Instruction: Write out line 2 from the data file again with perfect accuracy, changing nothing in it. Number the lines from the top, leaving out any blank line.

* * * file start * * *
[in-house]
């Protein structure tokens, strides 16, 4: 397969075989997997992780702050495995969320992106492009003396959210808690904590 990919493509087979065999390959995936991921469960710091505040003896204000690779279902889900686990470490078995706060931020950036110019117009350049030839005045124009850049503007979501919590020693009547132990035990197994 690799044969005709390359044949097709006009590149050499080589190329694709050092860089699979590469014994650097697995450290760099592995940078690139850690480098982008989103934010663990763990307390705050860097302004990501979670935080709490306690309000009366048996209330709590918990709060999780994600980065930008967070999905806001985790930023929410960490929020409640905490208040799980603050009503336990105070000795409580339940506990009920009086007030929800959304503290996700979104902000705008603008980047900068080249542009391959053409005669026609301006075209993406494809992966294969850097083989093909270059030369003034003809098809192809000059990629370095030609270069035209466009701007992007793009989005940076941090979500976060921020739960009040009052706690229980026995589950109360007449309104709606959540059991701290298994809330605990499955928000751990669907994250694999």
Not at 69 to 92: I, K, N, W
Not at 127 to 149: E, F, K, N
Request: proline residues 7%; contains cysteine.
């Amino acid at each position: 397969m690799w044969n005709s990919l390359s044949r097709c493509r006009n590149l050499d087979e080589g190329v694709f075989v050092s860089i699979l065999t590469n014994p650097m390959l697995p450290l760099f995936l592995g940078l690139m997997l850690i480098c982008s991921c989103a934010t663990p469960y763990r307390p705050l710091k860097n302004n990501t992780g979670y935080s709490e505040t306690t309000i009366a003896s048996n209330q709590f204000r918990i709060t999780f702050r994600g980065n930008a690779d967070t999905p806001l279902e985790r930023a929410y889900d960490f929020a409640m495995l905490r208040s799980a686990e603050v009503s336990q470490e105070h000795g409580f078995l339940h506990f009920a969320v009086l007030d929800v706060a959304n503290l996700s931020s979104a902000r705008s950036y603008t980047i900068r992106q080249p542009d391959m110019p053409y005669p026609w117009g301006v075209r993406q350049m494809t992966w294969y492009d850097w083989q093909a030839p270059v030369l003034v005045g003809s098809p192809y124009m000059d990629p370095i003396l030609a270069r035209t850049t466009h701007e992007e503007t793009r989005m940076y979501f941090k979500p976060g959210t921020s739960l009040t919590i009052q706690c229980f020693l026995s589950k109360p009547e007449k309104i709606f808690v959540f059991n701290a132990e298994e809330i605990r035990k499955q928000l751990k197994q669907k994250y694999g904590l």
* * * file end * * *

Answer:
């Protein structure tokens, strides 16, 4: 397969075989997997992780702050495995969320992106492009003396959210808690904590 990919493509087979065999390959995936991921469960710091505040003896204000690779279902889900686990470490078995706060931020950036110019117009350049030839005045124009850049503007979501919590020693009547132990035990197994 690799044969005709390359044949097709006009590149050499080589190329694709050092860089699979590469014994650097697995450290760099592995940078690139850690480098982008989103934010663990763990307390705050860097302004990501979670935080709490306690309000009366048996209330709590918990709060999780994600980065930008967070999905806001985790930023929410960490929020409640905490208040799980603050009503336990105070000795409580339940506990009920009086007030929800959304503290996700979104902000705008603008980047900068080249542009391959053409005669026609301006075209993406494809992966294969850097083989093909270059030369003034003809098809192809000059990629370095030609270069035209466009701007992007793009989005940076941090979500976060921020739960009040009052706690229980026995589950109360007449309104709606959540059991701290298994809330605990499955928000751990669907994250694999």